California governor signs landmark bill to eliminate cash bail

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Gov. Jerry Brown (D-Calif.) signed into law a bill that will eliminate the bail system for those awaiting trial.

The California bill will take effect on October 1, 2019. In turn, each county will use the council's outline as a basis to set its own procedures for requirements to release a suspect before trial.

The Times reported that Republican Senator Ted Gaines (R-El Dorado Hills) said that eliminating bail would put a big financial burden on California's 58 counties, and expects that SB 10 will be overturned in constitutional challenges in the courts. "It is expensive, [and] threatening to public safety".

California will no longer have a bail system for suspects awaiting trial beginning next year, after Democratic Gov. "I think Californians can feel secure this will improve public safety".

The California Money Bail Reform Act, also known as Senate Bill 10, passed in the State Senate with a vote of 26-12, and the General Assembly by 42-31.

Civil liberties and human rights groups have long called for reforming the bail system, which has its roots in medieval England, but some of them opposed the California bill.

Still, she's concerned about some loopholes such as with DUIs where there can be injuries and "devastation". They think that this is going to actually result in more people being detained pretrial, and they have concerns about biases that exists within the court system.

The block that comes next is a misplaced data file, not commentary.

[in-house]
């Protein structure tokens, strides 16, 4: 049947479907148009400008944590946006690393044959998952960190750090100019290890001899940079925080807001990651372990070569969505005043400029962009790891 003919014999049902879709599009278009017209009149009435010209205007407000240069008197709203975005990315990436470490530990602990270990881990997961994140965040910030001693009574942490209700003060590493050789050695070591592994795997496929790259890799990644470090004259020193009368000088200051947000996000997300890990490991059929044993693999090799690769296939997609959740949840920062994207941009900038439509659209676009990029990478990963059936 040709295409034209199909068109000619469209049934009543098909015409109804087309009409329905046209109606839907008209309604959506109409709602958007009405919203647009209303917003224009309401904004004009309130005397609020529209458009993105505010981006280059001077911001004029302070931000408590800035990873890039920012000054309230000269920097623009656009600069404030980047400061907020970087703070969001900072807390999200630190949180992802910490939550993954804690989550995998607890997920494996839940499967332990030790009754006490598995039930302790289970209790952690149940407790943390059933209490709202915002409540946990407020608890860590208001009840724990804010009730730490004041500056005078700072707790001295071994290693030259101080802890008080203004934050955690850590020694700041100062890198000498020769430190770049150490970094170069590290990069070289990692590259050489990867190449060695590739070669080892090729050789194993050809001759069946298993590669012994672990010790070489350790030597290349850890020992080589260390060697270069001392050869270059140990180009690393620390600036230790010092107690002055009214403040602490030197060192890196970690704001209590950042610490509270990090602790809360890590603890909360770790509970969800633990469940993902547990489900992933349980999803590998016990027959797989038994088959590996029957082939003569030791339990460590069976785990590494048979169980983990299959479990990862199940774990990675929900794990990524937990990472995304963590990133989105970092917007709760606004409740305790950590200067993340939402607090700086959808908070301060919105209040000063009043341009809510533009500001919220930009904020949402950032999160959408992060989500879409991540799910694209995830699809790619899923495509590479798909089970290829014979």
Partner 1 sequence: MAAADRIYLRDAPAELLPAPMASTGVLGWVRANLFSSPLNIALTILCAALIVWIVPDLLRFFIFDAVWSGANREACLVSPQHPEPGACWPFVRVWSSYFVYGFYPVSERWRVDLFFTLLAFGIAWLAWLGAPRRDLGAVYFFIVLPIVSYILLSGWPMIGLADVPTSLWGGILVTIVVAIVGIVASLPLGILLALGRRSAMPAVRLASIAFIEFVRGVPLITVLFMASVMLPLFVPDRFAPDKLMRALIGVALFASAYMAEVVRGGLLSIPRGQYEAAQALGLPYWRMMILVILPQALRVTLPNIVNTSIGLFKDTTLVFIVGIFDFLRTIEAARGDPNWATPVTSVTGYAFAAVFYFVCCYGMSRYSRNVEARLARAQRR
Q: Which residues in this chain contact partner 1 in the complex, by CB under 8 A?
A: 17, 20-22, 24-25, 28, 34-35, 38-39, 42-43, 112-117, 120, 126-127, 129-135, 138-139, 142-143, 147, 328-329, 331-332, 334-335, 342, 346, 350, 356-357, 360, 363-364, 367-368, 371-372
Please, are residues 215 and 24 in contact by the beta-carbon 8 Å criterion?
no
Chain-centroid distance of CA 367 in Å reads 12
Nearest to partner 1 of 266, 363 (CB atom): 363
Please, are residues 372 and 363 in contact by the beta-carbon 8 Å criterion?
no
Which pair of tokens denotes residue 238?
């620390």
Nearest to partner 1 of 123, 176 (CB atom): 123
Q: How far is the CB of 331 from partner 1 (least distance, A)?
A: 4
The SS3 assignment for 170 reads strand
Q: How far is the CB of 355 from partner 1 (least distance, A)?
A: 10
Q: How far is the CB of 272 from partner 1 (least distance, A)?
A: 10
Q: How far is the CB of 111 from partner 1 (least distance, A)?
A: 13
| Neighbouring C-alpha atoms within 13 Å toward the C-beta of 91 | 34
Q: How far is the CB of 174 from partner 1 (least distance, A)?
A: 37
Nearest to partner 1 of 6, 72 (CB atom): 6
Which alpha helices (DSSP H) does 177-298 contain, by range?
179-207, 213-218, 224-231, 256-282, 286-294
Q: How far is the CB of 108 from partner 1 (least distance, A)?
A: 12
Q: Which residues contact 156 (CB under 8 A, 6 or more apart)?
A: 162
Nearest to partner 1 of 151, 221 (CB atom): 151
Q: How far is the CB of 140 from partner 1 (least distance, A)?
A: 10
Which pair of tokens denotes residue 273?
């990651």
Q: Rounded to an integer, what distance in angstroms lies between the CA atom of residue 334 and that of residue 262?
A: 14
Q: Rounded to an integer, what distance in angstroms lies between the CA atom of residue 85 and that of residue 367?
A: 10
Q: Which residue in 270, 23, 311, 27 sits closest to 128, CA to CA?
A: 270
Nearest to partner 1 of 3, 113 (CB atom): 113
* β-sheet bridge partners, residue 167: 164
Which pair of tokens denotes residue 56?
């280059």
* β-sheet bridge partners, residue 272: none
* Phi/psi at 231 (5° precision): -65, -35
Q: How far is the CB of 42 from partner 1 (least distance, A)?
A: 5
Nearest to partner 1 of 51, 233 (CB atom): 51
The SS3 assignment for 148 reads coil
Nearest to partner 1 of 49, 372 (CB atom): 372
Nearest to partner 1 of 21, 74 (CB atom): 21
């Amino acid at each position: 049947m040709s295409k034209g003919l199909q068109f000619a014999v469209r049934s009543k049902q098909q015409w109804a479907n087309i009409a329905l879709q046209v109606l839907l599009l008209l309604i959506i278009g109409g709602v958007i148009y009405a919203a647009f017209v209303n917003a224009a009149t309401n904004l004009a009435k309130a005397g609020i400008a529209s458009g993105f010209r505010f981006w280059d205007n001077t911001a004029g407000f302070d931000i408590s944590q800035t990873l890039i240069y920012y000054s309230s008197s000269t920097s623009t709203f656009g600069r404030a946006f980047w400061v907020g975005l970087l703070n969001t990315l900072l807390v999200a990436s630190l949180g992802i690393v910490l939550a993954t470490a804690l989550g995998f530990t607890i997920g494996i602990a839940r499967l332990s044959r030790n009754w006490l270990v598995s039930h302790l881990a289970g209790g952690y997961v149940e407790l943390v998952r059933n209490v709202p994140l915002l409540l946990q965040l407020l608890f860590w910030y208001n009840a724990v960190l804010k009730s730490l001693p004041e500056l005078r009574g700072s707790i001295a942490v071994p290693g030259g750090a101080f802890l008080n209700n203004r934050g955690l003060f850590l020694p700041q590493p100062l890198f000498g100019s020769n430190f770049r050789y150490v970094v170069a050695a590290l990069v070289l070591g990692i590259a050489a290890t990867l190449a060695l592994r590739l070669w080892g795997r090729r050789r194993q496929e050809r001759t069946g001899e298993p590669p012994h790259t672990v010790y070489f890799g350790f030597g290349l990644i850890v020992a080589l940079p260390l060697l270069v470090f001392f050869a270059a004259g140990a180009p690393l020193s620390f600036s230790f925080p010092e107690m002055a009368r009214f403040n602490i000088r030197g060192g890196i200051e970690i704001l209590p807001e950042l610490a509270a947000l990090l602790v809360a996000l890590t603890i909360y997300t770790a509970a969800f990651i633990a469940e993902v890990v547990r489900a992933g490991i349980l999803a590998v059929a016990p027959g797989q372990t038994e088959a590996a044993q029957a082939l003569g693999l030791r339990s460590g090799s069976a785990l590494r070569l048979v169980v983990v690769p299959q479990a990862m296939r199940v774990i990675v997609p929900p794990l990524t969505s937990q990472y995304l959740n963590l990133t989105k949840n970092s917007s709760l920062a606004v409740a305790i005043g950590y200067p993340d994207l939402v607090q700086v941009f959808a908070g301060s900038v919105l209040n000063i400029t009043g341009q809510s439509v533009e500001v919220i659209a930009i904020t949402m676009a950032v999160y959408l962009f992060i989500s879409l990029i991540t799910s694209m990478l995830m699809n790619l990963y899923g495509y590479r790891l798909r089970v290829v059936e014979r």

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'Today, California reforms its bail system so that rich and poor alike are treated fairly, ' Brown said. Other states including New Jersey, Alaska and New Mexico have overhauled their bail systems, although no other state has completely eliminated bail.

"[Senate Bill 10] sets up a system that allows judges almost unlimited discretion to order people accused of crimes, but not convicted and presumptively innocent, to be held in jail with no recourse until their case is solved", wrote a delegation of criminal justice reform advocates to the governor.

"This is a bill that has confused a lot of people because it does do something very positive, which is to end the bail industry", she said.

Such arguments are playing out in New Mexico after a judge made a decision to allow the release of several members of an extended family accused of child abuse at a desert compound.

The ACLU and California progressives pointed to bail injustices revealed in a New York City Criminal Justice Agency study that found non-felony conviction rates jumped from 50 to 92 percent for those jailed pre-trial, while the felony rate jumped from 59 to 85 percent.

Brown's signature gives the state's Judicial Council broad authority to reshape pretrial detention policies.

It gives officials 24 hours to determine whether a suspect should be released before trial.